Sermon: Terms of Transformation - Matthew 11

This sermon builds upon the theme of an invitation using the passage in Matthew 11 where Jesus invites His followers to come and take His yoke and learn from Him.

This sermon builds upon the theme of an invitation using the passage in Matthew 11 where Jesus invites His followers to come and take His yoke and learn from Him.

Download: A Changed Life sermon manuscripts, PowerPoint template, and images (1.2 MB .zip file)

Scriptures: Matthew 11

Introduction

The context of this particular passage deals with the burdens of false teaching that the Pharisees had enforced upon the people. It opens with a discussion about the difference between the teaching of John the Baptist and the teaching of the Pharisees going through several woes. Jesus concludes this discourse with this incredible invitation using three significant words to call us to Himself. He invites us to come, take, and learn. These terms of transformation provide a framework for understanding this call of God is upon our life. The false teachings of the Pharisees had called the people to embrace rules and regulations. They were no longer rejoicing in their faith. They were striving instead of seeking after God. Following God had become more of an obligation instead of adoration lacking a genuine hunger and thirst for God. They attended temple or synagogue because it was just a habit. Worship was not something that they longed to do; it was something they had to do in order to acquire God's blessing.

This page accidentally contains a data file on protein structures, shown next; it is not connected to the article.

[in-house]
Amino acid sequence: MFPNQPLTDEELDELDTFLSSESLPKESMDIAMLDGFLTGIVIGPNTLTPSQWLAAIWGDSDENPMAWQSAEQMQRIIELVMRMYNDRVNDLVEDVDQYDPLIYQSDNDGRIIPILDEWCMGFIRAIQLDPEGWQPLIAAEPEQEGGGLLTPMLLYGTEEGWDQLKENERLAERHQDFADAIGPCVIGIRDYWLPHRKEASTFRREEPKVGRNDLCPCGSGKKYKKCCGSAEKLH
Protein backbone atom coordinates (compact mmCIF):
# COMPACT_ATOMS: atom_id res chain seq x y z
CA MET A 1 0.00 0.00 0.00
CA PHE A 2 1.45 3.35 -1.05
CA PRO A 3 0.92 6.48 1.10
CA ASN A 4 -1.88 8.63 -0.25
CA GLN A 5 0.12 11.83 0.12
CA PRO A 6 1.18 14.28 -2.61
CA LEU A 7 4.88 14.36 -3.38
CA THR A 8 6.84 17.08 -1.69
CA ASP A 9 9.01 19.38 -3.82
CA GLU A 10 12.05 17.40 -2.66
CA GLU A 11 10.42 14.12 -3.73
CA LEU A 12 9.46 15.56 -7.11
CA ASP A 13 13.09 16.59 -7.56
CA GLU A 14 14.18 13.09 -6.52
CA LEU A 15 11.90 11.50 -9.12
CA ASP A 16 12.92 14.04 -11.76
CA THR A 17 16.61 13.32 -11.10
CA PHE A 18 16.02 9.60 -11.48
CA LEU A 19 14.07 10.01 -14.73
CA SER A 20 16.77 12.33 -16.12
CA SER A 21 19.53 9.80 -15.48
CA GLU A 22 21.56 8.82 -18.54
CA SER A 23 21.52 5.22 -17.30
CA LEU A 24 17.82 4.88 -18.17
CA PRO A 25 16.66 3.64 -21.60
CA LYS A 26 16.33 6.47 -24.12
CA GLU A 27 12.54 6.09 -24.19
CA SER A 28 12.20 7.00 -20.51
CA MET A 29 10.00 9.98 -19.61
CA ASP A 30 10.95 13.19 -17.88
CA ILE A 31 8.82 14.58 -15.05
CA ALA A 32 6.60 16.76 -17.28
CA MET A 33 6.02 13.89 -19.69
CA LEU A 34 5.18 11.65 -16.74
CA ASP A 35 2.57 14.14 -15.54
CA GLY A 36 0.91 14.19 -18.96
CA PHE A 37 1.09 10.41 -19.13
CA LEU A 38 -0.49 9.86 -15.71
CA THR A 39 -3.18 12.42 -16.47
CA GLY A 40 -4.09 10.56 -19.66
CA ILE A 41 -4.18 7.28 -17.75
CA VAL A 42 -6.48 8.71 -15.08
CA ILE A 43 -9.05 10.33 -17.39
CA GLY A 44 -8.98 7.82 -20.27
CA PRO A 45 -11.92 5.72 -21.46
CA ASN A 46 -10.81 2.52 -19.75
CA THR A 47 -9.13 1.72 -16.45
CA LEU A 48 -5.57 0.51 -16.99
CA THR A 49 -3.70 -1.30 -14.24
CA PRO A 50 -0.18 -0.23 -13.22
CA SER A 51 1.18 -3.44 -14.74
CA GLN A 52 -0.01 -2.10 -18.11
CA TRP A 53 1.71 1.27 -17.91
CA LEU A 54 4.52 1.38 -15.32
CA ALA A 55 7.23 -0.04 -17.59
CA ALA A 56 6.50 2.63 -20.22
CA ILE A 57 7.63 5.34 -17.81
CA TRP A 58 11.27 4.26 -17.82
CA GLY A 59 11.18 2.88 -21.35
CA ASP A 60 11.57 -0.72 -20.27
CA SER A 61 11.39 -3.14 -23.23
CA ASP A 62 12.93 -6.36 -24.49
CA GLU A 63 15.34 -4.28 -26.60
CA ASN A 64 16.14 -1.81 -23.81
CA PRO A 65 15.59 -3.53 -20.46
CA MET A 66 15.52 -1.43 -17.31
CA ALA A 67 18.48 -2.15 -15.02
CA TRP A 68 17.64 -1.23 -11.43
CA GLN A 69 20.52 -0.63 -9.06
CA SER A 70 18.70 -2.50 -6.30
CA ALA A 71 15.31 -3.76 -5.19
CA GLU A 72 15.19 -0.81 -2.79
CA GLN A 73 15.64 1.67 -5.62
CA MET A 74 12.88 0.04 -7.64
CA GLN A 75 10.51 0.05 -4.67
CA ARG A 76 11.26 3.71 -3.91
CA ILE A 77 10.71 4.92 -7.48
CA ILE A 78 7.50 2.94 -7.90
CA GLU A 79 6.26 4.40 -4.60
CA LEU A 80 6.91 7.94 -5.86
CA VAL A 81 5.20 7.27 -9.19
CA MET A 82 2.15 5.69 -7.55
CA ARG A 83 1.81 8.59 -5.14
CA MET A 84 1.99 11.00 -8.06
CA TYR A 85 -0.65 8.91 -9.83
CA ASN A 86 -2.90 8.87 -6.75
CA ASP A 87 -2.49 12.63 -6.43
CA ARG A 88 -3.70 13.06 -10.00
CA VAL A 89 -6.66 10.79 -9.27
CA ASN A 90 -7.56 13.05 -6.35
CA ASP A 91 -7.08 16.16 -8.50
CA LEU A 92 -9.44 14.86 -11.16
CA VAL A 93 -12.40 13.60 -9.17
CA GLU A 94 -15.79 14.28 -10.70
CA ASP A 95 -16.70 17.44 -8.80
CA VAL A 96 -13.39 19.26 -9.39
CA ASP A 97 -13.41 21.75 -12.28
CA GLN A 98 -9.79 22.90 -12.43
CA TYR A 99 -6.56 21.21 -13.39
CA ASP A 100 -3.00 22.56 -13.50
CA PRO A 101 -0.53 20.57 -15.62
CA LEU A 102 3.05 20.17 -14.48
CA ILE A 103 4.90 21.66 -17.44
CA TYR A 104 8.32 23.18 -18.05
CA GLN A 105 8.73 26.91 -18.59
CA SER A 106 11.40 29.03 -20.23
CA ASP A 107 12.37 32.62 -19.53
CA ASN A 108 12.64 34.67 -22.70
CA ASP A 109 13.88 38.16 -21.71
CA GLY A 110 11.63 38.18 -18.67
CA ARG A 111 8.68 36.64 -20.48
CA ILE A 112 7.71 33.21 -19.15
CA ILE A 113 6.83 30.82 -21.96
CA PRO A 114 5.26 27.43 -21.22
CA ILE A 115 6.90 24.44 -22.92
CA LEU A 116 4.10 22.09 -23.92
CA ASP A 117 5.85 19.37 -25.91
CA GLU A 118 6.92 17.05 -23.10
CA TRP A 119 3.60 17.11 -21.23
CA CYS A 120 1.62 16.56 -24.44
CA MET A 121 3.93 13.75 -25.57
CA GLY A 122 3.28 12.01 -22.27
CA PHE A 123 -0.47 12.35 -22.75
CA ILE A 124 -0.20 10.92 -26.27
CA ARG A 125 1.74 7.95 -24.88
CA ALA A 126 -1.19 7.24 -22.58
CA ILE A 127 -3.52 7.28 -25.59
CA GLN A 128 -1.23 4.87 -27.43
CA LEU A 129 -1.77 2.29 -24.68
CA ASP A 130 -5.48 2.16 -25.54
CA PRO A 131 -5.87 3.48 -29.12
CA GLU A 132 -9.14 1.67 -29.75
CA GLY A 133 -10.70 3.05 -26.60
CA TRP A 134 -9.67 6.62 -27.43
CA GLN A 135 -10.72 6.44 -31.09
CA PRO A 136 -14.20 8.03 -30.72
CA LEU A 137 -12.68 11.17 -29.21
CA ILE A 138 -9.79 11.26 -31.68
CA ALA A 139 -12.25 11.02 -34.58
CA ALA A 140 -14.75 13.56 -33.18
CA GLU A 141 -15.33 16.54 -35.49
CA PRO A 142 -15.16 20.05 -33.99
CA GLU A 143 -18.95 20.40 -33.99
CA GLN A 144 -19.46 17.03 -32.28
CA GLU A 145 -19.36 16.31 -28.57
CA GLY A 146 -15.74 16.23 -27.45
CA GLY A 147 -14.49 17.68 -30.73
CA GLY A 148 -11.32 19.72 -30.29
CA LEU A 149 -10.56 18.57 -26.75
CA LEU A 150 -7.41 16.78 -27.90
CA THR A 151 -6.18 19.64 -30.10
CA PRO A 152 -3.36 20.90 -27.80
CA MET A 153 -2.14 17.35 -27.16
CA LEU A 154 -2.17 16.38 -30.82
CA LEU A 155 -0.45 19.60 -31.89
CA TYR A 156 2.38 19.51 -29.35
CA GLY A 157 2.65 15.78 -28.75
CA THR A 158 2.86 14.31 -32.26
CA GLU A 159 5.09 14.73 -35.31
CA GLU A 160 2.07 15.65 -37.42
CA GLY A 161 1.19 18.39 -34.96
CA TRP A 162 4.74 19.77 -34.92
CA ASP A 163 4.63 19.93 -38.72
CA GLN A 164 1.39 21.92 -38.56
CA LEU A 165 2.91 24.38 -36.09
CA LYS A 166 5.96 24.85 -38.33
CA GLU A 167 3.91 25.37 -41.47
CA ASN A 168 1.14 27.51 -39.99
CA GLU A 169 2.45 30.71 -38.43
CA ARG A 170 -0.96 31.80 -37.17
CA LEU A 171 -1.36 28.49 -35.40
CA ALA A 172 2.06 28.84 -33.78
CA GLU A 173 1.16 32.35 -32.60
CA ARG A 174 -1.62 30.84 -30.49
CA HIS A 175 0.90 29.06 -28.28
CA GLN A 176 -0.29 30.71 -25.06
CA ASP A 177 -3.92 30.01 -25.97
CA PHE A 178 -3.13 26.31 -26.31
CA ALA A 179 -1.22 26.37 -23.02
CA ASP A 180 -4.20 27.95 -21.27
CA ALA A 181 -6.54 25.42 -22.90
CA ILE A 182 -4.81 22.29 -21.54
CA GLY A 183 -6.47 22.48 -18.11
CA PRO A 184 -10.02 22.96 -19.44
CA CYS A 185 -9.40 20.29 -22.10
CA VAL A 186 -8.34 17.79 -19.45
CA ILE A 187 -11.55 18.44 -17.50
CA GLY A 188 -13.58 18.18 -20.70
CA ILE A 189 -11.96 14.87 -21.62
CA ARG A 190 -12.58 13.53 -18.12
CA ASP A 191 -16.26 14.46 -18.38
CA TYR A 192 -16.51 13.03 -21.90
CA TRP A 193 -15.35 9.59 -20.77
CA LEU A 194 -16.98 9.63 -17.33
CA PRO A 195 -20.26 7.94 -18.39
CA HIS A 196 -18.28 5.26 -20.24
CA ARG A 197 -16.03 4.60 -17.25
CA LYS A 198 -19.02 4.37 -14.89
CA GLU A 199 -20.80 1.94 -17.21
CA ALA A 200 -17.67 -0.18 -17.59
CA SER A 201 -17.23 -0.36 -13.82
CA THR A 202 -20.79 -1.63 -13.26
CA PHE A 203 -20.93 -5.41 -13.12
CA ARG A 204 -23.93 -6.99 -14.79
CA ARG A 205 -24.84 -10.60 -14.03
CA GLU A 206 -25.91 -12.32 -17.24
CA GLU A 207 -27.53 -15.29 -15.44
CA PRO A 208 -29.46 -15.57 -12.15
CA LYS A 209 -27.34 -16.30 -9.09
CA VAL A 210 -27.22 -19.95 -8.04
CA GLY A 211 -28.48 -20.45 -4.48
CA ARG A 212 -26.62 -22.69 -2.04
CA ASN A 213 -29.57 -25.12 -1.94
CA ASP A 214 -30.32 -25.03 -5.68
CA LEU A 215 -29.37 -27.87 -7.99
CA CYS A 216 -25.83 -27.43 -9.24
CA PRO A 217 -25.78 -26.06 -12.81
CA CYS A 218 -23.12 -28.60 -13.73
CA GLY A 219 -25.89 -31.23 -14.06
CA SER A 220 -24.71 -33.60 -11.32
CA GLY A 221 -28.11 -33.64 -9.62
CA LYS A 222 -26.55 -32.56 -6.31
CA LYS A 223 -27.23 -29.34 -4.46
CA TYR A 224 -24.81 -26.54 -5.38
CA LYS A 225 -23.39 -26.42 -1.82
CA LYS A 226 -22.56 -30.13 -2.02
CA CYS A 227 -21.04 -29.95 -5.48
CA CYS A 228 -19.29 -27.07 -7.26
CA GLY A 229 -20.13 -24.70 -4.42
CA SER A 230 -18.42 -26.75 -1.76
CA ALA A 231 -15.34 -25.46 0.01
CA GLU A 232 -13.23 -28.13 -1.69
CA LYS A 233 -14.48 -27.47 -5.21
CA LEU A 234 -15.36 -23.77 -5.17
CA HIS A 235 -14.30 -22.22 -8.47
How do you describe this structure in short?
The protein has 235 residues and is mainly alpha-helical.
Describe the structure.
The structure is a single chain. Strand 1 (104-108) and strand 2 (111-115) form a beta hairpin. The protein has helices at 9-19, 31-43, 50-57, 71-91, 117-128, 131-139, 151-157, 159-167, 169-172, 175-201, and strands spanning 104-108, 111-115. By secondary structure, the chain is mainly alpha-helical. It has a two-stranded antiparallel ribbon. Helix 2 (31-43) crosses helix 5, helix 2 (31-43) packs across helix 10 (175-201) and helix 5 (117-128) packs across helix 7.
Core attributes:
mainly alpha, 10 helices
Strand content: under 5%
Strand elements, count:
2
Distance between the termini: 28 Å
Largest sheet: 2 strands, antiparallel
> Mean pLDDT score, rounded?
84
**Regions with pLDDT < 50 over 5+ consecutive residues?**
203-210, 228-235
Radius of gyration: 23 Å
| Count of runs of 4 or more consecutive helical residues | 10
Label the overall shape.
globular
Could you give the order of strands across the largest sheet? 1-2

I ask you this morning, "Have you ever gotten that way in your own faith?" Maybe you are here this morning because you are a Christian? Maybe you are here just because you are a member of Calvary Baptist Church. Is there a longing in your soul to be a part of what God is doing, a conviction in your soul that Jesus Christ is Lord of Lords? Are you drawn and compelled to be a part of His kingdom by the power of His love and grace? When we arrive at this point in Matthew's gospel, Jesus addresses a group of people who had lost their longing for God. They knew that they needed God, but somehow God seemed far removed and the path too difficult to climb. To a host of weary souls Jesus offers this invitation to them, "Come to Me. Take My yoke and learn of Me."

Two pictures

There are two major word pictures that are presented in the text. The first one is that of a ship loaded down with supplies or cargo The King James Version probably does a better job of translating this passage with the words, "Come to me all who are heavy weary and heavy laden." The term laden is a shipping term describing the supplies or cargo in transit. Jesus was talking to a group of people that had heavy burdens. Their ship was full, and they were overwhelmed. Life was more than they could carry. The circumstances of life, whether it was failed relationships, sickness, personal failure, financial pressure, religious legalism, or some other experience, had become too burdensome. The ship was about to sink. It was heavy laden.